If you hold any data about a living person then you are subject to the Data Protection Act and as such are required by law to protect and use it in a prescribed set of ways. Public perception tends to be that the act only applies to public and government bodies but it does in fact cover any organisation that holds electronic records.

That the data is used responsibly and for certain purposes is a matter for marketing and PR. Storing the data securely and protecting it is a matter for I.T. In the majority of cases this comes under the security you would have over any company network. Ensuring that firewalls are in place and maintained as well as the general staff ensuring their passwords and workstations are kept secure. This kind of protection also needs to be applied to any mobile or external devices brought into the workplace. Anything that can connect to the network should be subject to the same safeguards as a workplace machine and if it cannot be made secure then the connection should be refused. This can be problematic and it might sound extreme but any connection is a potential access point and no-one can guarantee their device is 100% clean and protected.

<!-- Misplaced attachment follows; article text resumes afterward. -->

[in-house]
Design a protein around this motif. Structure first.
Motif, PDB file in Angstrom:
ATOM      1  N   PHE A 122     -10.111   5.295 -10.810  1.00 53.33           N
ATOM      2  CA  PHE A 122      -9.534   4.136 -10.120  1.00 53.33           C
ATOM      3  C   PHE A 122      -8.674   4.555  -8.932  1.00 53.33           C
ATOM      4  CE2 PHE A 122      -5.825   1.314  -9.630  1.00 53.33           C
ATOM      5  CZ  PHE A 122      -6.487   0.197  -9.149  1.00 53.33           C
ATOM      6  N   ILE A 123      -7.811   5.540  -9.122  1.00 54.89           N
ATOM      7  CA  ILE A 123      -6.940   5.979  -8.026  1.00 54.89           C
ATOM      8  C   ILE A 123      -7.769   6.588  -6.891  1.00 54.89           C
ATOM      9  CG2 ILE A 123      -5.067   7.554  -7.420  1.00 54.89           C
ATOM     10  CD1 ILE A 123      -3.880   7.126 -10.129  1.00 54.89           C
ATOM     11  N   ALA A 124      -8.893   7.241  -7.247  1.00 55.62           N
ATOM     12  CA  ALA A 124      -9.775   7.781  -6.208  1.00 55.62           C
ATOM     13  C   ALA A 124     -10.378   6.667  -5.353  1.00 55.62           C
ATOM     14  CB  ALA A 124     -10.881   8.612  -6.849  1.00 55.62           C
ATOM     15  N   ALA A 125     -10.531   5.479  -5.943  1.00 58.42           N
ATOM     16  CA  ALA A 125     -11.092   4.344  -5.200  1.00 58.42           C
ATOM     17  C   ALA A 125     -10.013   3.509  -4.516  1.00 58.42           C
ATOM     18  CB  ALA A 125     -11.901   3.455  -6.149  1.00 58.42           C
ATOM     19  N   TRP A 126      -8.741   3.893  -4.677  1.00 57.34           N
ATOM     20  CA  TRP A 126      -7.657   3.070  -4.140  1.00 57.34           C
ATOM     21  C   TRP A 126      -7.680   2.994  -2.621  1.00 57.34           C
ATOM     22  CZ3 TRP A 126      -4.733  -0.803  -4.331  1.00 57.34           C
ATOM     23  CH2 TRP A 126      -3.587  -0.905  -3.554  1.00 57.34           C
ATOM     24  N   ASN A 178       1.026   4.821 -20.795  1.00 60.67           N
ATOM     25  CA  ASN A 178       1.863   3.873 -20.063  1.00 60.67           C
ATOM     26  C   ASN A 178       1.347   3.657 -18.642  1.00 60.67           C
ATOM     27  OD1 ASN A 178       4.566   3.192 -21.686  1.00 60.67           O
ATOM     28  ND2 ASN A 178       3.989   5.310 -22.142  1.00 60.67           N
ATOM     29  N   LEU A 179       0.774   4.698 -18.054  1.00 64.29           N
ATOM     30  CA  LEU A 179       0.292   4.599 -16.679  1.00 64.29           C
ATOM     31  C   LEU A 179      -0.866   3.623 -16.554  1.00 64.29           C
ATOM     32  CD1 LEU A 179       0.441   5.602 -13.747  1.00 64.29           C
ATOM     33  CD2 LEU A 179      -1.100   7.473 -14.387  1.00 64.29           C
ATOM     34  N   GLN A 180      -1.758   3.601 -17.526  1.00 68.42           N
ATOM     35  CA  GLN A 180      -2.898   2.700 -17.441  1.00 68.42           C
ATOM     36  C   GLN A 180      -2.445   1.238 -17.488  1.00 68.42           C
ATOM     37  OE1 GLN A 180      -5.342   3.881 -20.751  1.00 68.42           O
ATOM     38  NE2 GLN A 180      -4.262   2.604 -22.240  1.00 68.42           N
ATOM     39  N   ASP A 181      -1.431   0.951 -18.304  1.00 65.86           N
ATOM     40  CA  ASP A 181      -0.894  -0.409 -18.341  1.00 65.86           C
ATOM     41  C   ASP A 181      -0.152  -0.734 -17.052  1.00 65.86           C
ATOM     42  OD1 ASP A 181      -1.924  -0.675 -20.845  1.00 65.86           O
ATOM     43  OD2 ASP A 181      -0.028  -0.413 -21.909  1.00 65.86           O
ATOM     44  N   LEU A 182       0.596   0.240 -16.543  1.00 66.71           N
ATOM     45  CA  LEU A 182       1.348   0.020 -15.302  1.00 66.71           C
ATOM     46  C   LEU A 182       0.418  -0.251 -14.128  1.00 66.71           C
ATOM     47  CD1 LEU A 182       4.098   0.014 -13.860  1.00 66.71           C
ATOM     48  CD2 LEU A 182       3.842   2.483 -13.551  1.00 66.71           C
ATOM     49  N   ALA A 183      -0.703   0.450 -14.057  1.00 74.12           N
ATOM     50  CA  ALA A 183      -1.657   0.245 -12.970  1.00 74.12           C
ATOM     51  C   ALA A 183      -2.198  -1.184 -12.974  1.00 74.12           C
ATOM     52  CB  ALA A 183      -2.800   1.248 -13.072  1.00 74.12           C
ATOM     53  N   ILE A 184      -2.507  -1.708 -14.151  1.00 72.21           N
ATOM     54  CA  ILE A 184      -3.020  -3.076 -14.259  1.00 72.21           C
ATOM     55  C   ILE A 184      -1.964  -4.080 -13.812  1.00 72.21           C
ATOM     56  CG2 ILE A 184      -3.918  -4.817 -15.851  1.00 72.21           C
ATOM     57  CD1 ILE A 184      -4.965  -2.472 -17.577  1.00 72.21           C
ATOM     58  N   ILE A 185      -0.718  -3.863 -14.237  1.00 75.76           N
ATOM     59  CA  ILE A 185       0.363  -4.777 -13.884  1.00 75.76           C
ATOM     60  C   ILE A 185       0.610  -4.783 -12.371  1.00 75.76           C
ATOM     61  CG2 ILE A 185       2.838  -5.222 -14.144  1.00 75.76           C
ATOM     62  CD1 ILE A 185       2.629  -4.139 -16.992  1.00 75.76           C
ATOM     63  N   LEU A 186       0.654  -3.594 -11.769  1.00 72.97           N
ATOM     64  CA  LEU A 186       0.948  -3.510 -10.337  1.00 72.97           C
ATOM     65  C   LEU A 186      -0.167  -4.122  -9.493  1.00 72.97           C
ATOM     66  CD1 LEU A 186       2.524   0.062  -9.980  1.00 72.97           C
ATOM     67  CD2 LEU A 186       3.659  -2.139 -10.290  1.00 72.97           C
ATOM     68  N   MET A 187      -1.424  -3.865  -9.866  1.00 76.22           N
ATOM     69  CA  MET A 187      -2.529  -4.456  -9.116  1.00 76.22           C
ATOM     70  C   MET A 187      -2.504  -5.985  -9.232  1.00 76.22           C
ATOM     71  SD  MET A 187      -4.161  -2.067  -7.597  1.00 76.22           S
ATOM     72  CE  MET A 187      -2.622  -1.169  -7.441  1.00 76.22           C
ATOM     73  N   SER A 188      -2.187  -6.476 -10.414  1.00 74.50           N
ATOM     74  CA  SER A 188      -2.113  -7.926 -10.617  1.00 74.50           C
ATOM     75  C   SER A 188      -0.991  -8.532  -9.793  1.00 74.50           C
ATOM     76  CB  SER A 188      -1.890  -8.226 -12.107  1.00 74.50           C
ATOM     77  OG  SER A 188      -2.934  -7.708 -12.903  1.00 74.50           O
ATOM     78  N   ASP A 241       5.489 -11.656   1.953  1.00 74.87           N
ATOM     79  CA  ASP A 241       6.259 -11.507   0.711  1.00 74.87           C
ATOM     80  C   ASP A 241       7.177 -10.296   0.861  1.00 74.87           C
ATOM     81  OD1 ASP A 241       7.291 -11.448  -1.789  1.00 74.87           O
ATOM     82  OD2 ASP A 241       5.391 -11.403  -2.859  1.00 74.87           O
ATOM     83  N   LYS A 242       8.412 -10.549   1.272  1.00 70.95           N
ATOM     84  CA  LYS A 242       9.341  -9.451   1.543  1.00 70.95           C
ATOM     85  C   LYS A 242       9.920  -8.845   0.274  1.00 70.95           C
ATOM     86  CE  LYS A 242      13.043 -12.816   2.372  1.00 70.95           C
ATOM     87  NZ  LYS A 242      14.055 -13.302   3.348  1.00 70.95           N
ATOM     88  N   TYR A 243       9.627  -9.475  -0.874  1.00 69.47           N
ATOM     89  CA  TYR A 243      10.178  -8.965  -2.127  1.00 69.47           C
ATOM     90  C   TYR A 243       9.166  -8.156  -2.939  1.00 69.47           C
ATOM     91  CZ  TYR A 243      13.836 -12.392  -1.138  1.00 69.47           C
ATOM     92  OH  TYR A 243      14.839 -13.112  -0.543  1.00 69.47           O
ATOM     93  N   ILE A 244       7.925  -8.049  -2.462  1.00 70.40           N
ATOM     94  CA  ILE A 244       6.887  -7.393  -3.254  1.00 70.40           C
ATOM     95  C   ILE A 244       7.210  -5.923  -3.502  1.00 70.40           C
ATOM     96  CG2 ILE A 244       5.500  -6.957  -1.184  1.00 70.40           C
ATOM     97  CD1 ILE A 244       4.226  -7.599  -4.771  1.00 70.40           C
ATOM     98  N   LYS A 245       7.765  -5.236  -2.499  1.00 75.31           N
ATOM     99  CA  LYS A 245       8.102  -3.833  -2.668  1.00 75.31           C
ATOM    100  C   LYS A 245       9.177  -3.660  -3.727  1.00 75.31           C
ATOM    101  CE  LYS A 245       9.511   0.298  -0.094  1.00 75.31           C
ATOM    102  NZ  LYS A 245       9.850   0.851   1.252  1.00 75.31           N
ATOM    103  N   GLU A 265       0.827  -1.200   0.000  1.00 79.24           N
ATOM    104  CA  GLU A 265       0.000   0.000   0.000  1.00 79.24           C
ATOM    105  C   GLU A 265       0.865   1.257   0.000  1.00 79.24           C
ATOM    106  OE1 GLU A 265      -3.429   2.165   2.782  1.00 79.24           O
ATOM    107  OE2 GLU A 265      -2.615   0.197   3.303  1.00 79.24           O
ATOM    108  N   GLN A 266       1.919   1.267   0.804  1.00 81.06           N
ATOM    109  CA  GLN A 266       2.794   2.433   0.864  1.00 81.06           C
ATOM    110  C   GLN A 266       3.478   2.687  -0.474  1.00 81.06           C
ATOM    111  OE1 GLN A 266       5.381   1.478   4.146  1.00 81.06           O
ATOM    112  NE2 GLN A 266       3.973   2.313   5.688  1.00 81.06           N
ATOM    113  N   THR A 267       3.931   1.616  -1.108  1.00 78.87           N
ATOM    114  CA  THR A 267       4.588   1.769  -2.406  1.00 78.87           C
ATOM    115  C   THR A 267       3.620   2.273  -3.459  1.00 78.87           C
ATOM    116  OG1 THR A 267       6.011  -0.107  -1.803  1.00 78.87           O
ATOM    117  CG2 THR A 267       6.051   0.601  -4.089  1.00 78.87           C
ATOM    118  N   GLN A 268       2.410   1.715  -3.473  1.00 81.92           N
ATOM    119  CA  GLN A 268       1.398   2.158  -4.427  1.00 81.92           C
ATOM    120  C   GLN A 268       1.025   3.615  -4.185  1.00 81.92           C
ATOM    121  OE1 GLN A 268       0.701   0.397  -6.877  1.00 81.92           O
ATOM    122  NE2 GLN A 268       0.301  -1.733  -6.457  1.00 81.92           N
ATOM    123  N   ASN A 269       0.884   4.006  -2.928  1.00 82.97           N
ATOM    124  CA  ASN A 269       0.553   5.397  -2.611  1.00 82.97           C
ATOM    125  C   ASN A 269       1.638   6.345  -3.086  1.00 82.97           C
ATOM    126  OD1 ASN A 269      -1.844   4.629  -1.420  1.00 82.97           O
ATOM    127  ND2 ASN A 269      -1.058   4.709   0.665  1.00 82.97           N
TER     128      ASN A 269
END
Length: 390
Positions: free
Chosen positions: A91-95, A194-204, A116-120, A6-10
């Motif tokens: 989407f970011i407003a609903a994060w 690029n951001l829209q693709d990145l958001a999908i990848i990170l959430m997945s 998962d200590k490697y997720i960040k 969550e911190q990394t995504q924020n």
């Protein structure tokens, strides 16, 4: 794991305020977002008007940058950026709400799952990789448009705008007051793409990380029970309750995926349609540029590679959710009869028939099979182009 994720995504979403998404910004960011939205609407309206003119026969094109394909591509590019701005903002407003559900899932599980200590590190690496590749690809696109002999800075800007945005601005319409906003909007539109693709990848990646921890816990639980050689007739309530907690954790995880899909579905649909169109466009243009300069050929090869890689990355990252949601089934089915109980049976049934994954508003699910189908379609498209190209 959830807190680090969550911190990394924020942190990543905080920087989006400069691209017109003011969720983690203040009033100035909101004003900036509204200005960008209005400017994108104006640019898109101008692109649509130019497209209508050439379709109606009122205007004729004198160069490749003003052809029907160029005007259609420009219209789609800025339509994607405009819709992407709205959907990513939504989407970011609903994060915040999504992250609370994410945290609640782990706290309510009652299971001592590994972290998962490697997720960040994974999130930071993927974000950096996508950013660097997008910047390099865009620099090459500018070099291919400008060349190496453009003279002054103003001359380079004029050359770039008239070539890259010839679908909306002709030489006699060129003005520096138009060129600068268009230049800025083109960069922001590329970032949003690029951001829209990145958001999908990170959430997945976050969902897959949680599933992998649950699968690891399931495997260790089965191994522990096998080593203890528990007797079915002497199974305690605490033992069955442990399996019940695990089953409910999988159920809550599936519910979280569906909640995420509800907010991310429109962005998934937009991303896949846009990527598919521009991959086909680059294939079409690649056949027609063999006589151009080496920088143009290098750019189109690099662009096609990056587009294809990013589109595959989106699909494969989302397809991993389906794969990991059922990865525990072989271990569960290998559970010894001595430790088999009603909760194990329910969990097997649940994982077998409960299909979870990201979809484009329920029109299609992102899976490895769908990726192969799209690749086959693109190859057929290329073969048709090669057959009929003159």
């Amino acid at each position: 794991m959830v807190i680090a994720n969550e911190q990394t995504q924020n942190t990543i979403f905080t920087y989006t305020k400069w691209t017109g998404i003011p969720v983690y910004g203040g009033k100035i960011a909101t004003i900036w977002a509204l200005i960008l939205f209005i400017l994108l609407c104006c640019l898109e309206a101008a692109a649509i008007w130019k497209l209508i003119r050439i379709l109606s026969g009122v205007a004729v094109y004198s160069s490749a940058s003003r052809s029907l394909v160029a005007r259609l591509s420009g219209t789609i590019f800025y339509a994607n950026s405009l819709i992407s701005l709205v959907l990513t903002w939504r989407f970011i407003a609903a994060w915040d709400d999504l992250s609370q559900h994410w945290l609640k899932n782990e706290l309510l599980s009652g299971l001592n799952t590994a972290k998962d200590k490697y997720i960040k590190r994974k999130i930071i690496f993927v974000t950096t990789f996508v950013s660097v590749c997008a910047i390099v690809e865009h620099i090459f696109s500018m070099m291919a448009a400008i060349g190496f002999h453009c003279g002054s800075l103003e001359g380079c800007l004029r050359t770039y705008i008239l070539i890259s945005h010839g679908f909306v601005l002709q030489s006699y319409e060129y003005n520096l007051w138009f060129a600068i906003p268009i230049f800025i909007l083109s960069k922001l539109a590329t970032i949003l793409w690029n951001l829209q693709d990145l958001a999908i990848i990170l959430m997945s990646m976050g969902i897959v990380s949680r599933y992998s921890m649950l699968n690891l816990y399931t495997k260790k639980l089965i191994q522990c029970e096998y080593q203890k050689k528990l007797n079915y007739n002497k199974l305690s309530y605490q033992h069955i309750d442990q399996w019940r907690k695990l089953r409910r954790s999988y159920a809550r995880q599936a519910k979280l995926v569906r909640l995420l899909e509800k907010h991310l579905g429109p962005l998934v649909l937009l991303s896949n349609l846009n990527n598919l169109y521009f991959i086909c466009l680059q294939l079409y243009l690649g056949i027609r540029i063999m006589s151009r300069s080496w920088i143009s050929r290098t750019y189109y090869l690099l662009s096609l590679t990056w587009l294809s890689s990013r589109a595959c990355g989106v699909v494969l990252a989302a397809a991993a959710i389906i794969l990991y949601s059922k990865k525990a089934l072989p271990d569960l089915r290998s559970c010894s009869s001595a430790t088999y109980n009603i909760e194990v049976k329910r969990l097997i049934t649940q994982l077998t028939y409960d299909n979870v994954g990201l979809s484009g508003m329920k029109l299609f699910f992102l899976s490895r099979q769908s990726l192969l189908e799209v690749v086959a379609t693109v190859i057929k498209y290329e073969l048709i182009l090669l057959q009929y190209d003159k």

Another factor to consider is that the act gives an individual the right to view any material and organisation holds about them. In practice, this means making sure that the data you hold is properly archived and maintained. It doesn’t just come down to simply keeping folders and drives clean but also keeping backups and archives up to date, even version numbering files and documents to demonstrably prove that all the data being produced is the sum total held for a particular individual.

Perhaps the best way to approach this is from the other side’s point of view. If you were trying to find out what a company knew about you as a private citizen you would want them to make every effort to store that data safely and present it in its entirety when asked. It’s difficult in those circumstances not to hold yourself to the same standard.